Over the past week, brazen groups of thieves — some tallying as many as 90, riding in caravans with dozens of vehicles, wielding hammers and sometimes guns — have ransacked high-end stores across the Bay Area before racing off with tens or hundreds of thousands of dollars in merchandise.
The crimes, some caught on video, have drawn national attention and prompted action from local law enforcement and Gov. Gavin Newsom, who are promising to do a better job protecting retailers. The question police and criminologists are asking now is whether this crime cluster is the sign of a troubling new trend and, if so, what’s driving it and how big an impact it might have on local and national crime rates.
David Ball, a Santa Clara University law professor, said the pandemic lockdown, social and civil unrest, and widespread economic displacement have created conditions that need to be studied carefully to answer those questions.
“All of those are really extraordinary changes,” Ball said. “We need to be sure that the data we are seeing is signal and not noise. Is this actually a new trend?”
With the holiday shopping season well underway, this news organization asked police, crime experts and retailers to put these crimes in context and explain where the stolen goods go and what can be done to prevent more such thefts.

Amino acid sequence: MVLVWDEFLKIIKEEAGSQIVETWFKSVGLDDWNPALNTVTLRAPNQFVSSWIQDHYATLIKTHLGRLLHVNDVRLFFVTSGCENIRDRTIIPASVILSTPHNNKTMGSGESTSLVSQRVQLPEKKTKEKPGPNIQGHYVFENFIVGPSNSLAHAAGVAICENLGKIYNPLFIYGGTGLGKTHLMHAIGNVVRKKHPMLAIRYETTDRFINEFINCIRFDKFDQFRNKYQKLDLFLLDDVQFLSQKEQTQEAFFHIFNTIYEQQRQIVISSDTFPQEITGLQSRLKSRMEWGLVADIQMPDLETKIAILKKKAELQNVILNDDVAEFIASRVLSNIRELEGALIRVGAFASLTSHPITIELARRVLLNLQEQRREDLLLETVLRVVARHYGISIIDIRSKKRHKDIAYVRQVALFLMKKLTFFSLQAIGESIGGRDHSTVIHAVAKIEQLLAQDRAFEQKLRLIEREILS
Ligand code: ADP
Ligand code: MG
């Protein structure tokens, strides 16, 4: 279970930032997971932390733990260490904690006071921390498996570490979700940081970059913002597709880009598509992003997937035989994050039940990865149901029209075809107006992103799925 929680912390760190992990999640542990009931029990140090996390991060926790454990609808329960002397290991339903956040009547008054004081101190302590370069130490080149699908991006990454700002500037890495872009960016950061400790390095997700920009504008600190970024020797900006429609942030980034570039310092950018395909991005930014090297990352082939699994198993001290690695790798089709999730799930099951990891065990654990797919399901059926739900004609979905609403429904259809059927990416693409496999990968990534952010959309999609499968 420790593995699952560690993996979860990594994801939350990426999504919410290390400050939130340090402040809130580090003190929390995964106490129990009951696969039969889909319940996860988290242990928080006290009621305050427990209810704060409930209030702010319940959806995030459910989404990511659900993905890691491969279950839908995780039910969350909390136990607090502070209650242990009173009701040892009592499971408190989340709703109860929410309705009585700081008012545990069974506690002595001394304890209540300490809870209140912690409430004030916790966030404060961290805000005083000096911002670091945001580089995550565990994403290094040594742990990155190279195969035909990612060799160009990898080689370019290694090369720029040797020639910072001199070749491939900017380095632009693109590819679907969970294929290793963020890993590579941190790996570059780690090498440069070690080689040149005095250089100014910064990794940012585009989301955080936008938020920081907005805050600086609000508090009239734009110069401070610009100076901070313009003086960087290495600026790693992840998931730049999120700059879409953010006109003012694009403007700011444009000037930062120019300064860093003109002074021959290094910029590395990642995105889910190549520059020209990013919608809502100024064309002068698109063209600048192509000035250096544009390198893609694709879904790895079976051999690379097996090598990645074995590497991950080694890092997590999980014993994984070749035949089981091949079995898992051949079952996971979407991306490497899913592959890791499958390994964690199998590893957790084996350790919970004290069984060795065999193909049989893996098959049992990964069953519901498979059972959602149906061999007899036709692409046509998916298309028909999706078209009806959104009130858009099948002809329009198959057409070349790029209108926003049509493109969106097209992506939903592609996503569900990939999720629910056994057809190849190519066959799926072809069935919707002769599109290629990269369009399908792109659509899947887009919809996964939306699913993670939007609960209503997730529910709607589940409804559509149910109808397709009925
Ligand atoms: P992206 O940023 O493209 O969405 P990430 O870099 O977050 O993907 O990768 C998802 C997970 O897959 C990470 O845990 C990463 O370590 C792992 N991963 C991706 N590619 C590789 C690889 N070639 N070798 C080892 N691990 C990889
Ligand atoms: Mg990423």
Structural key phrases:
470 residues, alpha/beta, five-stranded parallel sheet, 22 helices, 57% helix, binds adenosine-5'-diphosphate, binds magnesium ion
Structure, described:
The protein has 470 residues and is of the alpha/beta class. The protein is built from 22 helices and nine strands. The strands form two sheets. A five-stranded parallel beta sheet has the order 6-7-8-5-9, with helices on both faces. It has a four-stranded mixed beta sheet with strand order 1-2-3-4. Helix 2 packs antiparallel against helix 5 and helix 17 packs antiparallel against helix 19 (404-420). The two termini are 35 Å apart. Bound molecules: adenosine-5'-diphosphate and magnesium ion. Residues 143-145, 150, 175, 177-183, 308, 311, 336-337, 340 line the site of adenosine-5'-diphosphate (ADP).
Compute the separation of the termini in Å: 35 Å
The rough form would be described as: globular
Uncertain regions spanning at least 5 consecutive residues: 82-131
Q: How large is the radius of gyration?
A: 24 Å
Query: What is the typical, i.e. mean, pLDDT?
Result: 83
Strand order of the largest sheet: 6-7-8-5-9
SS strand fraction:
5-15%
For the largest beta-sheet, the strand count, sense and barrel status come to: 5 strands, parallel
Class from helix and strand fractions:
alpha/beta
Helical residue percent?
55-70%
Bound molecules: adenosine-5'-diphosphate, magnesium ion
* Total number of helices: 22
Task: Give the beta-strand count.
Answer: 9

Is retail theft on the rise in California?
San Francisco and Los Angeles have historically been among the top 10 cities reporting the most loss from theft nationwide, said Rachel Michelin, president of the California Retailers Association. That makes it difficult to track if these specific thefts are causing spikes in crime numbers.
Comprehensive data on retail theft is lacking, researchers say, in part because the term itself encapsulates multiple crimes including burglary, robbery and shoplifting.
Available data from the FBI and the California Attorney General’s Office show burglary and larceny continued a multiyear decline in 2020 both nationally and in the state. Criminology experts anticipate that year-over-year property crime figures will increase in 2021 because the pandemic depressed most crime figures last year.
“One can ask whether this is actually happening at a higher base rate or just getting more media attention because it’s getting shared on social media,” said Dr. Charis Kubrin, professor of criminology, law and society at UC Irvine. “I don’t know the answer to that here.”
What makes the recent mass thefts different from the past?